Friday, 20 November 2009

meiosis and minestrone

In a striking example of how etymologies are not definitions, miniature and the adjective mini as in iPod mini, mini-me, etc., are from Italian miniatura "small brightly coloured image used to decorate books, manuscripts, etc." from Latin miniāre "to make red". The OED explains:

Italian miniatura originally denoted the painting of small images to decorate the initial letters of chapters in manuscripts (compare the use of post-classical Latin miniare in the sense 'to rubricate'). As these images were necessarily small, the term came to be used for small portraits, probably reinforced by an association by folk etymology with (ultimately classical Latin) min- in minore MINOR adj., etc., which has probably also affected the development of the extended senses in English and in other languages.

So mini and miniature are unrelated to minor, minus, minuscule and minimum. The latter four words are from Proto-Indo-European *mei- "small".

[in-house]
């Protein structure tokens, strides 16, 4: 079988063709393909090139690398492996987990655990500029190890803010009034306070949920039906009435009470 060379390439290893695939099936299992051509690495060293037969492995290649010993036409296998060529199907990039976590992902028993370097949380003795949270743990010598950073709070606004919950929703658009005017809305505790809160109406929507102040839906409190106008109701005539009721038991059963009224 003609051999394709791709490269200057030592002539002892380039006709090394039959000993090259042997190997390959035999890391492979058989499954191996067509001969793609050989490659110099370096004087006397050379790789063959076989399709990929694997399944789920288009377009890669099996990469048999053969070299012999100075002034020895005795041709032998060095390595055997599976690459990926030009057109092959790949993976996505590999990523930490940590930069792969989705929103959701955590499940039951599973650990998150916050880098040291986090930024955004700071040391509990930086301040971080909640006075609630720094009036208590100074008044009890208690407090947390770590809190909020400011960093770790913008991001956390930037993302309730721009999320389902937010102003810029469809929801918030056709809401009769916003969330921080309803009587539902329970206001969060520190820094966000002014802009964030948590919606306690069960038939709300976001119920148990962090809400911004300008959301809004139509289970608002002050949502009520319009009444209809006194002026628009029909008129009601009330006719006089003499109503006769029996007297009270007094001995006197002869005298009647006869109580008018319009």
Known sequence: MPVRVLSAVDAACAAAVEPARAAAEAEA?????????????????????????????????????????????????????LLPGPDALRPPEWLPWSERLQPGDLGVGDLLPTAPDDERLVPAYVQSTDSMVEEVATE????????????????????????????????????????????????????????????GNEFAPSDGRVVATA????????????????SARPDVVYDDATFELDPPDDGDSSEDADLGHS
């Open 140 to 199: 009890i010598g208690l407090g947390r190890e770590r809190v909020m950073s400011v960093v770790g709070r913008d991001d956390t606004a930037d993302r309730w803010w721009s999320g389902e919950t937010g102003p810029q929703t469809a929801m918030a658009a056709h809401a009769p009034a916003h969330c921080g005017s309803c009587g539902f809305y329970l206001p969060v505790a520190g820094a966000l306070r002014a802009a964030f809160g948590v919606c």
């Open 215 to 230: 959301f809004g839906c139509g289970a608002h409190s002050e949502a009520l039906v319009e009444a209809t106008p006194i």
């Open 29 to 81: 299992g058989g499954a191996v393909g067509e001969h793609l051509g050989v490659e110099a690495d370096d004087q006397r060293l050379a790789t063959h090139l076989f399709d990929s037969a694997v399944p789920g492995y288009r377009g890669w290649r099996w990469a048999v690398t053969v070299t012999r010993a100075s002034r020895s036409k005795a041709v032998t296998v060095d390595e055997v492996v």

*mei- also gives us meiosis from Greek μείωσις "lessening".

And minister from Latin minister "servant, subordinate" - as in "inferior". The Latin minister is also found in minestrone - from Italian minestra "dish" plus the -one suffix. Minestra is from Latin minestrāre "to provide, supply" from minister.


Cailliomachas said...

Thanks. I find this fascinating. Languages play these tricks on the unwary. In the film, In Bruges, one of the hitmen (Brendan Gleeson) looks into a thick fog and not being able to see anything says "Bollocks!". The German subtitle is "Mist!"

david said...

Very interesting. The Latin language has created a great impact on other languages and especially in the spoken format of English language i believe.
Nice sharing.